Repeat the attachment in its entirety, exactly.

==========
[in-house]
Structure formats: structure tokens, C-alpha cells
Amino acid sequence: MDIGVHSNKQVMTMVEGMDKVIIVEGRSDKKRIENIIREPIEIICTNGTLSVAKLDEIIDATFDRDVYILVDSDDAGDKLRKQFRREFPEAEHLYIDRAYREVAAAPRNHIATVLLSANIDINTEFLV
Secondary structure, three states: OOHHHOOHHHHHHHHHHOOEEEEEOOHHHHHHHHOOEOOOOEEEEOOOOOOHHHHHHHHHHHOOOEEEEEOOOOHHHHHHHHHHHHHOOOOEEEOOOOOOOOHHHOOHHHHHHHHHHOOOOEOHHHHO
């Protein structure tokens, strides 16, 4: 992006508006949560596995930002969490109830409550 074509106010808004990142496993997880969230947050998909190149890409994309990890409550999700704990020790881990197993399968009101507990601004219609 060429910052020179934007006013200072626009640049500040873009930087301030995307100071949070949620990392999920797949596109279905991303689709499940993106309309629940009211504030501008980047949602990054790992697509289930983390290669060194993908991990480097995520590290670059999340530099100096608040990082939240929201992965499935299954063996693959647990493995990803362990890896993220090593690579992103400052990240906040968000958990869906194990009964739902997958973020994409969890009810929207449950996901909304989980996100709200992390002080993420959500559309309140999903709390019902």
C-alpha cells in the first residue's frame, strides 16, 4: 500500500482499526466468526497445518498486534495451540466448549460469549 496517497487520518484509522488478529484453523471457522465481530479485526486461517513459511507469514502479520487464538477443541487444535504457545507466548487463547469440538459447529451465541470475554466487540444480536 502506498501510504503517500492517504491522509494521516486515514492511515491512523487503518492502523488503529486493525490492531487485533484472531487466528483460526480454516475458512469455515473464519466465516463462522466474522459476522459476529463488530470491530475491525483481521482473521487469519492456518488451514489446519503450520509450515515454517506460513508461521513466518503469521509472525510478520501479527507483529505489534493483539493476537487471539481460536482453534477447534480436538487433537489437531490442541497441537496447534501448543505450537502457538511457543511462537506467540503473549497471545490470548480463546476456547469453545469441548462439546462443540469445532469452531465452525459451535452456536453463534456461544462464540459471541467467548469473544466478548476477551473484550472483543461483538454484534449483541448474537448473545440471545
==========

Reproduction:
[in-house]
Structure formats: structure tokens, C-alpha cells
Amino acid sequence: MDIGVHSNKQVMTMVEGMDKVIIVEGRSDKKRIENIIREPIEIICTNGTLSVAKLDEIIDATFDRDVYILVDSDDAGDKLRKQFRREFPEAEHLYIDRAYREVAAAPRNHIATVLLSANIDINTEFLV
Secondary structure, three states: OOHHHOOHHHHHHHHHHOOEEEEEOOHHHHHHHHOOEOOOOEEEEOOOOOOHHHHHHHHHHHOOOEEEEEOOOOHHHHHHHHHHHHHOOOOEEEOOOOOOOOHHHOOHHHHHHHHHHOOOOEOHHHHO
């Protein structure tokens, strides 16, 4: 992006508006949560596995930002969490109830409550 074509106010808004990142496993997880969230947050998909190149890409994309990890409550999700704990020790881990197993399968009101507990601004219609 060429910052020179934007006013200072626009640049500040873009930087301030995307100071949070949620990392999920797949596109279905991303689709499940993106309309629940009211504030501008980047949602990054790992697509289930983390290669060194993908991990480097995520590290670059999340530099100096608040990082939240929201992965499935299954063996693959647990493995990803362990890896993220090593690579992103400052990240906040968000958990869906194990009964739902997958973020994409969890009810929207449950996901909304989980996100709200992390002080993420959500559309309140999903709390019902």
C-alpha cells in the first residue's frame, strides 16, 4: 500500500482499526466468526497445518498486534495451540466448549460469549 496517497487520518484509522488478529484453523471457522465481530479485526486461517513459511507469514502479520487464538477443541487444535504457545507466548487463547469440538459447529451465541470475554466487540444480536 502506498501510504503517500492517504491522509494521516486515514492511515491512523487503518492502523488503529486493525490492531487485533484472531487466528483460526480454516475458512469455515473464519466465516463462522466474522459476522459476529463488530470491530475491525483481521482473521487469519492456518488451514489446519503450520509450515515454517506460513508461521513466518503469521509472525510478520501479527507483529505489534493483539493476537487471539481460536482453534477447534480436538487433537489437531490442541497441537496447534501448543505450537502457538511457543511462537506467540503473549497471545490470548480463546476456547469453545469441548462439546462443540469445532469452531465452525459451535452456536453463534456461544462464540459471541467467548469473544466478548476477551473484550472483543461483538454484534449483541448474537448473545440471545